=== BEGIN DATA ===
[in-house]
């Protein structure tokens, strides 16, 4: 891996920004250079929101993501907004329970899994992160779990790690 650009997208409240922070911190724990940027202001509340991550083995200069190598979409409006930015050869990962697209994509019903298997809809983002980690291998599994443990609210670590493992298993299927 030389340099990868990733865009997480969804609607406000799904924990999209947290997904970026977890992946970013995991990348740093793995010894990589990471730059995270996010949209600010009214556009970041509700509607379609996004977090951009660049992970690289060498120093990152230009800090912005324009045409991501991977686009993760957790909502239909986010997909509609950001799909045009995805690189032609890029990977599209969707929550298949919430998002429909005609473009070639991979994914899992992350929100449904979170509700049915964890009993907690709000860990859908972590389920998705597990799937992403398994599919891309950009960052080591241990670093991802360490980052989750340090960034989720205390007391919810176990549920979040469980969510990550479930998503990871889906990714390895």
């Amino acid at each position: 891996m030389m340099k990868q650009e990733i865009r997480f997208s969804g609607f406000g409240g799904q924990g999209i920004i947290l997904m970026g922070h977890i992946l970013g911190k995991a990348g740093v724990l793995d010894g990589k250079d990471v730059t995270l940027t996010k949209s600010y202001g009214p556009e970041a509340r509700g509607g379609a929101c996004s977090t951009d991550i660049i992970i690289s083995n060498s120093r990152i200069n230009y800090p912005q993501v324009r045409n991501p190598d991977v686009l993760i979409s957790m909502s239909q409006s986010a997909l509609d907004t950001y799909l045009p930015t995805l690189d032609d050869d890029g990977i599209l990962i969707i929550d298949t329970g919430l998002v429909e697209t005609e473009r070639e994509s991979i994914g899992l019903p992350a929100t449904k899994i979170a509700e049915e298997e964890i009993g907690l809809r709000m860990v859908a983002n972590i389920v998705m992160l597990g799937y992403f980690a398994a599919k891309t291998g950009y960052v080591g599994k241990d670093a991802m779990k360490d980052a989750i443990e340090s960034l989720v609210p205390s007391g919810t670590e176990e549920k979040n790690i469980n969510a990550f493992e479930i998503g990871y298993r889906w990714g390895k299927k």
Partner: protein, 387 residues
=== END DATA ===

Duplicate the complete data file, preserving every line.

[in-house]
């Protein structure tokens, strides 16, 4: 891996920004250079929101993501907004329970899994992160779990790690 650009997208409240922070911190724990940027202001509340991550083995200069190598979409409006930015050869990962697209994509019903298997809809983002980690291998599994443990609210670590493992298993299927 030389340099990868990733865009997480969804609607406000799904924990999209947290997904970026977890992946970013995991990348740093793995010894990589990471730059995270996010949209600010009214556009970041509700509607379609996004977090951009660049992970690289060498120093990152230009800090912005324009045409991501991977686009993760957790909502239909986010997909509609950001799909045009995805690189032609890029990977599209969707929550298949919430998002429909005609473009070639991979994914899992992350929100449904979170509700049915964890009993907690709000860990859908972590389920998705597990799937992403398994599919891309950009960052080591241990670093991802360490980052989750340090960034989720205390007391919810176990549920979040469980969510990550479930998503990871889906990714390895």
């Amino acid at each position: 891996m030389m340099k990868q650009e990733i865009r997480f997208s969804g609607f406000g409240g799904q924990g999209i920004i947290l997904m970026g922070h977890i992946l970013g911190k995991a990348g740093v724990l793995d010894g990589k250079d990471v730059t995270l940027t996010k949209s600010y202001g009214p556009e970041a509340r509700g509607g379609a929101c996004s977090t951009d991550i660049i992970i690289s083995n060498s120093r990152i200069n230009y800090p912005q993501v324009r045409n991501p190598d991977v686009l993760i979409s957790m909502s239909q409006s986010a997909l509609d907004t950001y799909l045009p930015t995805l690189d032609d050869d890029g990977i599209l990962i969707i929550d298949t329970g919430l998002v429909e697209t005609e473009r070639e994509s991979i994914g899992l019903p992350a929100t449904k899994i979170a509700e049915e298997e964890i009993g907690l809809r709000m860990v859908a983002n972590i389920v998705m992160l597990g799937y992403f980690a398994a599919k891309t291998g950009y960052v080591g599994k241990d670093a991802m779990k360490d980052a989750i443990e340090s960034l989720v609210p205390s007391g919810t670590e176990e549920k979040n790690i469980n969510a990550f493992e479930i998503g990871y298993r889906w990714g390895k299927k």
Partner: protein, 387 residues